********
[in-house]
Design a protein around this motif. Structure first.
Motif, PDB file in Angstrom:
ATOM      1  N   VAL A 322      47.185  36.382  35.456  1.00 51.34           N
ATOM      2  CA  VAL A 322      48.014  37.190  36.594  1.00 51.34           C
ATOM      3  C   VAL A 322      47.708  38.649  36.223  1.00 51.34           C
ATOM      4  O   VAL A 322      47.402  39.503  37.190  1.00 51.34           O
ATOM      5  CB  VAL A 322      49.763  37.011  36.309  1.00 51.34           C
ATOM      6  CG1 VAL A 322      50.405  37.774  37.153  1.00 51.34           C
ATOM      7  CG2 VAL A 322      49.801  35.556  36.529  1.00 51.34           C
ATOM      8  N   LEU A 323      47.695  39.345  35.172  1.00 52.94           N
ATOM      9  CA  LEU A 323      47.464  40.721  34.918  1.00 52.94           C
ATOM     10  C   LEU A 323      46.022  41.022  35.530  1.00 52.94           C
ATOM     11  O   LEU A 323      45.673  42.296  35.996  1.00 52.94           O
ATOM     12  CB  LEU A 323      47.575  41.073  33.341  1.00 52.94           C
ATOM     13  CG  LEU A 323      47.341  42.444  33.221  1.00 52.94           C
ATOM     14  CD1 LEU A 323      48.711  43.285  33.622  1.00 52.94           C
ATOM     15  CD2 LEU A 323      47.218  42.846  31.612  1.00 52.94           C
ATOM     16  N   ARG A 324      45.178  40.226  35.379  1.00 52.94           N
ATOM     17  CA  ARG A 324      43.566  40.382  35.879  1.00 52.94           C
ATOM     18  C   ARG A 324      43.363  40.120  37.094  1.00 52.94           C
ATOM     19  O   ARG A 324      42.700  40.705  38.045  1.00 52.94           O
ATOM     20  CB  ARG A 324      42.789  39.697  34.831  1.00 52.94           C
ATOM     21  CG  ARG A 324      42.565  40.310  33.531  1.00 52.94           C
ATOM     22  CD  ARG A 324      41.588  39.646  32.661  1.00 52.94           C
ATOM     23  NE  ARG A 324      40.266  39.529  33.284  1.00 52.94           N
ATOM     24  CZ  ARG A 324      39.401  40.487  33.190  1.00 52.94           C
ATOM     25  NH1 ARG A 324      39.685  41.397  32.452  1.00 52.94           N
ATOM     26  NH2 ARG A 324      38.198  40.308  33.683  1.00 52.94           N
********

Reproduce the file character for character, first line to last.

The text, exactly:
[in-house]
Design a protein around this motif. Structure first.
Motif, PDB file in Angstrom:
ATOM      1  N   VAL A 322      47.185  36.382  35.456  1.00 51.34           N
ATOM      2  CA  VAL A 322      48.014  37.190  36.594  1.00 51.34           C
ATOM      3  C   VAL A 322      47.708  38.649  36.223  1.00 51.34           C
ATOM      4  O   VAL A 322      47.402  39.503  37.190  1.00 51.34           O
ATOM      5  CB  VAL A 322      49.763  37.011  36.309  1.00 51.34           C
ATOM      6  CG1 VAL A 322      50.405  37.774  37.153  1.00 51.34           C
ATOM      7  CG2 VAL A 322      49.801  35.556  36.529  1.00 51.34           C
ATOM      8  N   LEU A 323      47.695  39.345  35.172  1.00 52.94           N
ATOM      9  CA  LEU A 323      47.464  40.721  34.918  1.00 52.94           C
ATOM     10  C   LEU A 323      46.022  41.022  35.530  1.00 52.94           C
ATOM     11  O   LEU A 323      45.673  42.296  35.996  1.00 52.94           O
ATOM     12  CB  LEU A 323      47.575  41.073  33.341  1.00 52.94           C
ATOM     13  CG  LEU A 323      47.341  42.444  33.221  1.00 52.94           C
ATOM     14  CD1 LEU A 323      48.711  43.285  33.622  1.00 52.94           C
ATOM     15  CD2 LEU A 323      47.218  42.846  31.612  1.00 52.94           C
ATOM     16  N   ARG A 324      45.178  40.226  35.379  1.00 52.94           N
ATOM     17  CA  ARG A 324      43.566  40.382  35.879  1.00 52.94           C
ATOM     18  C   ARG A 324      43.363  40.120  37.094  1.00 52.94           C
ATOM     19  O   ARG A 324      42.700  40.705  38.045  1.00 52.94           O
ATOM     20  CB  ARG A 324      42.789  39.697  34.831  1.00 52.94           C
ATOM     21  CG  ARG A 324      42.565  40.310  33.531  1.00 52.94           C
ATOM     22  CD  ARG A 324      41.588  39.646  32.661  1.00 52.94           C
ATOM     23  NE  ARG A 324      40.266  39.529  33.284  1.00 52.94           N
ATOM     24  CZ  ARG A 324      39.401  40.487  33.190  1.00 52.94           C
ATOM     25  NH1 ARG A 324      39.685  41.397  32.452  1.00 52.94           N
ATOM     26  NH2 ARG A 324      38.198  40.308  33.683  1.00 52.94           N